Round up of member activity

It’s only through community discussion and debate that we can collectively update, evolve and improve the framework. So, a big thank you to all who have added their ideas already!

Go to the profile of Dr Alison Halliday
Jan 22, 2018
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As we know, cancer immunity is a rapidly evolving field of research. And so, keeping the framework up to date – improving on what’s included and adding new data when it gets published - will only be achieved through a collective effort from everyone involved.

 Here’s a quick round up of ideas have been added to the framework so far:

  • Step 1 – Release of cancer-cell antigens:

Mutational burden, mismatch repair deficiency, radiotherapy, viral antigens, reactive oxygen species (ROS), neoantigens, cancer associated antigens

  • Step 2 – Cancer antigen presentation:

TNF-α, exercise induced IL-6, photoimmune IL-6 ARNTL, 1,25(OH)2D3 (vitamin D3), endotoxin response, HMGCR inhibitors, traditional Chinese medicine, NOD2, TLR, FcyRIII, NF-κB, inflammasome pathway, ATG16L, calreticulin

  • Step 3 – Priming and activation of T-cells:

STING agonists, IKZF3, HLA type, vitamin A, 1,25(OH)2D3 (vitamin D3), TCR, age-related loss of TCR diversity, RANKL, glucocorticoids, NSAIDs, HMGCR inhibitors, antigen immunogenicity

  • Step 4 – Trafficking of T cells to tumours:

Heat shock proteins, HMGB1, sitagliptin

  • Step 5 – Infiltration of T cells into tumours:

FAS ligand, anti-VEGF, CAFs/collagen, TGF-β, VEGF, chemokines, LOX, sitagliptin, metronomic cyclophosphamide, immunogenic cell death inhibitors (ICD) inducers, next-generation DC vaccines

  • Step 6 – Recognition of cancer cells by T cells:

Antigen expression, MHC class I expression, TAP-1, BRAF, KRAS, B2M, MEKi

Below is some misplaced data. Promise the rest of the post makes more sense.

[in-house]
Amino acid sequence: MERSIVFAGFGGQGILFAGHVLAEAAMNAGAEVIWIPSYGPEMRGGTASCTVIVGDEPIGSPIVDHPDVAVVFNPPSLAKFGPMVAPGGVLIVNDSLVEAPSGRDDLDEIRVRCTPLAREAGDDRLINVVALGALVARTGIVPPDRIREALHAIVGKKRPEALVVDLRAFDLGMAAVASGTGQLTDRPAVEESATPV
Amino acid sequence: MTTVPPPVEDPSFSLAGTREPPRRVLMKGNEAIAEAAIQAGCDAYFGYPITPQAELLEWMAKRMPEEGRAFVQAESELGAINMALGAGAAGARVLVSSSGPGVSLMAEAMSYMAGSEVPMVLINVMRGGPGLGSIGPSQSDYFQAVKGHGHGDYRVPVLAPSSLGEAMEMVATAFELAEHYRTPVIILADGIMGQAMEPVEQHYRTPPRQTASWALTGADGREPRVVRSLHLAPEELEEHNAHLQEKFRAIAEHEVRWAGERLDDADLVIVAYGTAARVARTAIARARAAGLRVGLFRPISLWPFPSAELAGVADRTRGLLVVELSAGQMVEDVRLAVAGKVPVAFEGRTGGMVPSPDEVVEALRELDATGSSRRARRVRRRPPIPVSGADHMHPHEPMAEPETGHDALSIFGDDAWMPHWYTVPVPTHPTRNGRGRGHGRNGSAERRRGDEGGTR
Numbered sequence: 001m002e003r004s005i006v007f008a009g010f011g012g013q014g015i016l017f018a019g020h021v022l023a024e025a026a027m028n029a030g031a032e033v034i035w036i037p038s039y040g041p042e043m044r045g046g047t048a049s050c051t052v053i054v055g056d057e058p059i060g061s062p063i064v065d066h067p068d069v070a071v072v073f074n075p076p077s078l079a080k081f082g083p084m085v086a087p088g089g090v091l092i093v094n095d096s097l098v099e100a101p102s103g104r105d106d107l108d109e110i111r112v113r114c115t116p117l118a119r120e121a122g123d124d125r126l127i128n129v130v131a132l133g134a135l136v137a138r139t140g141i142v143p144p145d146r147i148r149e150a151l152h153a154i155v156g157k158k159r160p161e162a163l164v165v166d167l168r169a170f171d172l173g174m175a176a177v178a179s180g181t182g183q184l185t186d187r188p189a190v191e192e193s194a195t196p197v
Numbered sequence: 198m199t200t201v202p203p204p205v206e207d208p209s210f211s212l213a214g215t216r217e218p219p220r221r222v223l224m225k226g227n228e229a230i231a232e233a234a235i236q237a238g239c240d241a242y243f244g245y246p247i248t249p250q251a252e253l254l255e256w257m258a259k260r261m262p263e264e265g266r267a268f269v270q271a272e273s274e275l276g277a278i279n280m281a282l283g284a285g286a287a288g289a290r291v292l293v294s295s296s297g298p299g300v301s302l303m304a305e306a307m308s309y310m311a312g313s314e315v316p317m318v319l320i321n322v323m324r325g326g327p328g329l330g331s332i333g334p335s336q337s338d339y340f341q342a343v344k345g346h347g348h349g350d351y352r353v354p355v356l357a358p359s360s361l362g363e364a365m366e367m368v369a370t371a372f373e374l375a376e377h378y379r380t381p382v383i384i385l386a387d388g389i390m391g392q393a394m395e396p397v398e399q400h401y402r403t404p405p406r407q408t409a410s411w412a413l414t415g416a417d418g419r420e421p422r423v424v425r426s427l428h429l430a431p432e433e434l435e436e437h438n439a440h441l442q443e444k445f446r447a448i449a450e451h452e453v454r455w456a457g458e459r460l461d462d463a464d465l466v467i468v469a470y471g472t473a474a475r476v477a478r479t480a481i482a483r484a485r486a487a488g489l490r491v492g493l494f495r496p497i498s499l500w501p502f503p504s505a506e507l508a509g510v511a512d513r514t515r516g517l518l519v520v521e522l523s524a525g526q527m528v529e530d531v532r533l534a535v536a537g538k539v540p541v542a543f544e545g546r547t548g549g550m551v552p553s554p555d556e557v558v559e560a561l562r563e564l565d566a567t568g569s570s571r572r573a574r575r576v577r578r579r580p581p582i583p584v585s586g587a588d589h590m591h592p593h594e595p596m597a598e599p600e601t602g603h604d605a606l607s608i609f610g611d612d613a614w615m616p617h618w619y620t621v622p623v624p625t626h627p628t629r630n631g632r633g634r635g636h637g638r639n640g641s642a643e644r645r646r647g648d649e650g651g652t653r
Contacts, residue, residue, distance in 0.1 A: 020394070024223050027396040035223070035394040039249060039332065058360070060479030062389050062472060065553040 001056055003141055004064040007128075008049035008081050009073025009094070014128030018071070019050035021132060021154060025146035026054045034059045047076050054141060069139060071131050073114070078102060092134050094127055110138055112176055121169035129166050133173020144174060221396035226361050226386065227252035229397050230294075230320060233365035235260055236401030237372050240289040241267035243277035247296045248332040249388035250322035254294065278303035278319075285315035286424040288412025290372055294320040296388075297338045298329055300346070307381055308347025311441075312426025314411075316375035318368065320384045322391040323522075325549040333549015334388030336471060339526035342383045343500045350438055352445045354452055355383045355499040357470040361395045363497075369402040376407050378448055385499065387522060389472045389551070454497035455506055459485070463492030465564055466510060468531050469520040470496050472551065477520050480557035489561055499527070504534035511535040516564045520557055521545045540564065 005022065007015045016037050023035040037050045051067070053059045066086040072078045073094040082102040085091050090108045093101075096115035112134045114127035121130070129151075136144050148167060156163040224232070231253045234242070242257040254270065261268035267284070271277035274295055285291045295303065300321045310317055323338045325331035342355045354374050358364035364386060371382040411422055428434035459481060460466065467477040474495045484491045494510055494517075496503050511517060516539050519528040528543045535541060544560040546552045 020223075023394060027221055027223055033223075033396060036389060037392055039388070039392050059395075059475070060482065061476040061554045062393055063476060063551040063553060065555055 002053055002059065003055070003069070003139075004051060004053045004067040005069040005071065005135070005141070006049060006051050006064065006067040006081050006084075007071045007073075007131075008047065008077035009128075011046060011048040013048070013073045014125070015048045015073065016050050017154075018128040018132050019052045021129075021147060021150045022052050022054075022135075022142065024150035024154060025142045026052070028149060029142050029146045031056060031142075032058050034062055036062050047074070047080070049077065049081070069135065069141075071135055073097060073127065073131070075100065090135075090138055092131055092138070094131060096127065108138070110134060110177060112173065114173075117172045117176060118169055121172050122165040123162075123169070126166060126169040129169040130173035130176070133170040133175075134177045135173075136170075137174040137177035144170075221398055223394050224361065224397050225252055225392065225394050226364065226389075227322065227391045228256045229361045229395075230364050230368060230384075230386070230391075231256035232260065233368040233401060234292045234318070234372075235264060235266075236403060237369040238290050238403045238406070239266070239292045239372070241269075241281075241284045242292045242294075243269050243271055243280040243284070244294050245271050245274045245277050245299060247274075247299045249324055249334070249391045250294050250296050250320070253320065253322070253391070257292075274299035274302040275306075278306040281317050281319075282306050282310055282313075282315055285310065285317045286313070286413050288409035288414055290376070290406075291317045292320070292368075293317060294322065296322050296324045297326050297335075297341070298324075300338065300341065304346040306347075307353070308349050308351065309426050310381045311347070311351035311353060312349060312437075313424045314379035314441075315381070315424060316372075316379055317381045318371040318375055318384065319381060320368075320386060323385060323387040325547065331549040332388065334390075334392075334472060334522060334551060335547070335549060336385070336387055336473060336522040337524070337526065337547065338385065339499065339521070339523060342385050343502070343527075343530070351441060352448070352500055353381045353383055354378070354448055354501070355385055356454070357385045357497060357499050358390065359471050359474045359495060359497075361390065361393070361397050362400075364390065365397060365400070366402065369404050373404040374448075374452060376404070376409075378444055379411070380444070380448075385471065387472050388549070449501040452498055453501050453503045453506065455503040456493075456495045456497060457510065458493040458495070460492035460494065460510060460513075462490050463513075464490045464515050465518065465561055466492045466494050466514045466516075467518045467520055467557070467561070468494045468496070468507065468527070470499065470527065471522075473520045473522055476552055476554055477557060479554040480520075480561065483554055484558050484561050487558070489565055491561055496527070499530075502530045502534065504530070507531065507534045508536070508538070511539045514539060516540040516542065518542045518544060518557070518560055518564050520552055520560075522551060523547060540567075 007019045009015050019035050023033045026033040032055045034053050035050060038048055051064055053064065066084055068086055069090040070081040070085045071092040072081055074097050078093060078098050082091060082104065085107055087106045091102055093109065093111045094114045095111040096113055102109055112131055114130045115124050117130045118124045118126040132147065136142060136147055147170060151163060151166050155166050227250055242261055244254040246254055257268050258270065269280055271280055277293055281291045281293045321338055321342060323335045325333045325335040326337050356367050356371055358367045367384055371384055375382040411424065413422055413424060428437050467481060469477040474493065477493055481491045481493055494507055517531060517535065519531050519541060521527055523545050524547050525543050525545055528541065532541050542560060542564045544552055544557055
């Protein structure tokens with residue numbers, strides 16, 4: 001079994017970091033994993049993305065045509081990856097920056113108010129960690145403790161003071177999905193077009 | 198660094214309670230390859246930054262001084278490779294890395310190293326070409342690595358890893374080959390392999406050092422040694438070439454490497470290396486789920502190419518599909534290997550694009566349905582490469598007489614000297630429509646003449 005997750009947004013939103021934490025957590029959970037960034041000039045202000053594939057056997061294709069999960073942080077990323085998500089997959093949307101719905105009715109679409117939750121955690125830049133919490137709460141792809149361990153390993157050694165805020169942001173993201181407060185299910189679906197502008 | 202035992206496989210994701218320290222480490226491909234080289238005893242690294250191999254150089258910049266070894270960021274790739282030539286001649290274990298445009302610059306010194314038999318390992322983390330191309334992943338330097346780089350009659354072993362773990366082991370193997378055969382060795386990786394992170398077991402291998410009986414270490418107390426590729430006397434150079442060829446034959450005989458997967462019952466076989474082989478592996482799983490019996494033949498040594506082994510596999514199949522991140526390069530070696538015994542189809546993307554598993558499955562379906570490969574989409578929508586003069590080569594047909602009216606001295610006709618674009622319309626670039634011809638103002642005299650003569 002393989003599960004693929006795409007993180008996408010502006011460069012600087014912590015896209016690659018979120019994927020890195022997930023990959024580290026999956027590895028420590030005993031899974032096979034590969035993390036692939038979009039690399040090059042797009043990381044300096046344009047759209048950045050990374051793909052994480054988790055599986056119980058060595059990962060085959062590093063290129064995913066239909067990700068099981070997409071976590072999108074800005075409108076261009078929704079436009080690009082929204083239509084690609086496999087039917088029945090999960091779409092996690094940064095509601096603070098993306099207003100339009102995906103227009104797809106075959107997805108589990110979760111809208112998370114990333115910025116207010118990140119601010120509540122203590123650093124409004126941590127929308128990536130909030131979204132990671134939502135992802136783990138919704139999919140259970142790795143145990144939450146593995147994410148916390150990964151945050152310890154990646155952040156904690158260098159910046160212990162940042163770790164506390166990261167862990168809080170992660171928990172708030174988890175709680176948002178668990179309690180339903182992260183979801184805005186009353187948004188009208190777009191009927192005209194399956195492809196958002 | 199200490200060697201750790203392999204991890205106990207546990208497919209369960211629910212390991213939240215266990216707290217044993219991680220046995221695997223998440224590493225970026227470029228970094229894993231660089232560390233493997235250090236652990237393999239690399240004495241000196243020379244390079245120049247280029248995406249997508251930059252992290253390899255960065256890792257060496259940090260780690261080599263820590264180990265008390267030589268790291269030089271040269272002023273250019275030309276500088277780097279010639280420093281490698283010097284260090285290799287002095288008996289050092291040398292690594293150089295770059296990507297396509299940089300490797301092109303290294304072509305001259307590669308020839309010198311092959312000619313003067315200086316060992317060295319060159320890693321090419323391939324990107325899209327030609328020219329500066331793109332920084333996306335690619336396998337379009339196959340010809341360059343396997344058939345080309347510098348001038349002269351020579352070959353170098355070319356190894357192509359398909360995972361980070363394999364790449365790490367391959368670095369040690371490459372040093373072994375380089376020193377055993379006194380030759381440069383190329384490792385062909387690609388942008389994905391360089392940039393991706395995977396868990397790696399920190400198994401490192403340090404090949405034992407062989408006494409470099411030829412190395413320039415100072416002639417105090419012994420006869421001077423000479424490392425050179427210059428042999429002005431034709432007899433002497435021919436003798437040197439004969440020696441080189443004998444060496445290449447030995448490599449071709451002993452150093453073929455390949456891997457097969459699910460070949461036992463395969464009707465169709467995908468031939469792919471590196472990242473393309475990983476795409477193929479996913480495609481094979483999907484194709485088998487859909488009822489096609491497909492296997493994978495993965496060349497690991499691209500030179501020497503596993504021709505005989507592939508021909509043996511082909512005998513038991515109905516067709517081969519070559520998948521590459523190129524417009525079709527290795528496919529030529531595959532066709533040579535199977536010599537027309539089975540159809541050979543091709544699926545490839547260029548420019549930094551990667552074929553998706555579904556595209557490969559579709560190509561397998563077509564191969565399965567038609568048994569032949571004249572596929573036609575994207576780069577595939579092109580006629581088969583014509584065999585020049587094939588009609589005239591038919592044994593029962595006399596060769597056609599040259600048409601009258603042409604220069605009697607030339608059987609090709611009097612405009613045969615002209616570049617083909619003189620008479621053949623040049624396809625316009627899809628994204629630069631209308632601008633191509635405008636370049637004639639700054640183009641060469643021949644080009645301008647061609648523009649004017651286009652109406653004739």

• Step 7 – Killing of cancer cells:

JAK-STAT, RANKL, hypoxia, IDO-1, PD-L1, exercise-induced IL-10, anti-CTLA4, A2A, persistent antigen encounter, TGF-β, chemotherapy, radiotherapy, targeted therapy, photodynamic therapy, pro-apoptotic BCL2 family members, anti-apoptotic BCL2 family members

Spot any you know lots about? – please do add your comments on that specific factor

 Also, a couple of members have posed some specific questions over the last week:

  • On step 7, on the anti-BCL2 family members factors, Jose asks:

"What criteria drive the selection of a cell-death pathway in immunotherapy?"

  • On step 5, chemokines, Veronika asks: 

"How come chemokines are noted down with negative effects? The CXCR3/CXCR3 ligand axis, for instance, has been shown to recruit T and NK cells into tumors in mouse studies and has been associated with T cell infiltration in several human studies."

Are you an expert on these topics – can you help answer their questions?

Don’t be shy - please go to the website (on a computer rather than mobile) and add to or comment on the interactive framework. All contributions are welcome, no matter how big or small!

Please see our ‘how to’ post if you need a quick reminder about what you need to do.

Go to the profile of Dr Alison Halliday

Dr Alison Halliday

Community Manager, Nature Research

Molecular Biologist turned freelance science communicator, with 10 year's experience at Cancer Research UK.

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